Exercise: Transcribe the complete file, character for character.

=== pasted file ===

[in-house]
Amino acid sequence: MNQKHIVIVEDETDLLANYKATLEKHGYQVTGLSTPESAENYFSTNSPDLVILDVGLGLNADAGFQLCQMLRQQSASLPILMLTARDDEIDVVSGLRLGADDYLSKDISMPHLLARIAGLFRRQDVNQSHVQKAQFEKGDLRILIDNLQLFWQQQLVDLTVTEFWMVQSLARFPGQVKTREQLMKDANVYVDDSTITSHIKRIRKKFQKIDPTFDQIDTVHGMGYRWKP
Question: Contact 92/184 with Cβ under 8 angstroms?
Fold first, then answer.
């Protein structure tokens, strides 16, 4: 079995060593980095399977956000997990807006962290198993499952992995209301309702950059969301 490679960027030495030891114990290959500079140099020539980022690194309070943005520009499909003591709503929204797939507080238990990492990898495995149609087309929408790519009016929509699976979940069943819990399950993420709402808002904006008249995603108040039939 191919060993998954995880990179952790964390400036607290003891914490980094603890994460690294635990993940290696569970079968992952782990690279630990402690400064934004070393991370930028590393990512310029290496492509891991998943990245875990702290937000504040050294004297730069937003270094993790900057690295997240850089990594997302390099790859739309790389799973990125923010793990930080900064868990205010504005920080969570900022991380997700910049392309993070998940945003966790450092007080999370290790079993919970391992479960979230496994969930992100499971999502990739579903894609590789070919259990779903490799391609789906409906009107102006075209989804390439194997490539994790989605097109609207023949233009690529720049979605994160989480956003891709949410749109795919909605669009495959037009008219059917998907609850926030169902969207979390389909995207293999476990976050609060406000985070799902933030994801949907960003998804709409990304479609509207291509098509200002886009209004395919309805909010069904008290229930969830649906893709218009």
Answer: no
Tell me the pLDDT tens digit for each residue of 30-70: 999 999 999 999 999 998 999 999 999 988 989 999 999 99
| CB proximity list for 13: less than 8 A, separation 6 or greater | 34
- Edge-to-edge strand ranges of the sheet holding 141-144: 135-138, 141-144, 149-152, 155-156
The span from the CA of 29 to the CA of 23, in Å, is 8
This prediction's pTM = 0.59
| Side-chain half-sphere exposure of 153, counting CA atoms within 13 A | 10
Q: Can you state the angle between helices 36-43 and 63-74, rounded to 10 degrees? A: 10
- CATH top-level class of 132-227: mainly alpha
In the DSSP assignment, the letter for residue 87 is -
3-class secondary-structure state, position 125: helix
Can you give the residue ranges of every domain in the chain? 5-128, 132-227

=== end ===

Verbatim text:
[in-house]
Amino acid sequence: MNQKHIVIVEDETDLLANYKATLEKHGYQVTGLSTPESAENYFSTNSPDLVILDVGLGLNADAGFQLCQMLRQQSASLPILMLTARDDEIDVVSGLRLGADDYLSKDISMPHLLARIAGLFRRQDVNQSHVQKAQFEKGDLRILIDNLQLFWQQQLVDLTVTEFWMVQSLARFPGQVKTREQLMKDANVYVDDSTITSHIKRIRKKFQKIDPTFDQIDTVHGMGYRWKP
Question: Contact 92/184 with Cβ under 8 angstroms?
Fold first, then answer.
């Protein structure tokens, strides 16, 4: 079995060593980095399977956000997990807006962290198993499952992995209301309702950059969301 490679960027030495030891114990290959500079140099020539980022690194309070943005520009499909003591709503929204797939507080238990990492990898495995149609087309929408790519009016929509699976979940069943819990399950993420709402808002904006008249995603108040039939 191919060993998954995880990179952790964390400036607290003891914490980094603890994460690294635990993940290696569970079968992952782990690279630990402690400064934004070393991370930028590393990512310029290496492509891991998943990245875990702290937000504040050294004297730069937003270094993790900057690295997240850089990594997302390099790859739309790389799973990125923010793990930080900064868990205010504005920080969570900022991380997700910049392309993070998940945003966790450092007080999370290790079993919970391992479960979230496994969930992100499971999502990739579903894609590789070919259990779903490799391609789906409906009107102006075209989804390439194997490539994790989605097109609207023949233009690529720049979605994160989480956003891709949410749109795919909605669009495959037009008219059917998907609850926030169902969207979390389909995207293999476990976050609060406000985070799902933030994801949907960003998804709409990304479609509207291509098509200002886009209004395919309805909010069904008290229930969830649906893709218009």
Answer: no
Tell me the pLDDT tens digit for each residue of 30-70: 999 999 999 999 999 998 999 999 999 988 989 999 999 99
| CB proximity list for 13: less than 8 A, separation 6 or greater | 34
- Edge-to-edge strand ranges of the sheet holding 141-144: 135-138, 141-144, 149-152, 155-156
The span from the CA of 29 to the CA of 23, in Å, is 8
This prediction's pTM = 0.59
| Side-chain half-sphere exposure of 153, counting CA atoms within 13 A | 10
Q: Can you state the angle between helices 36-43 and 63-74, rounded to 10 degrees? A: 10
- CATH top-level class of 132-227: mainly alpha
In the DSSP assignment, the letter for residue 87 is -
3-class secondary-structure state, position 125: helix
Can you give the residue ranges of every domain in the chain? 5-128, 132-227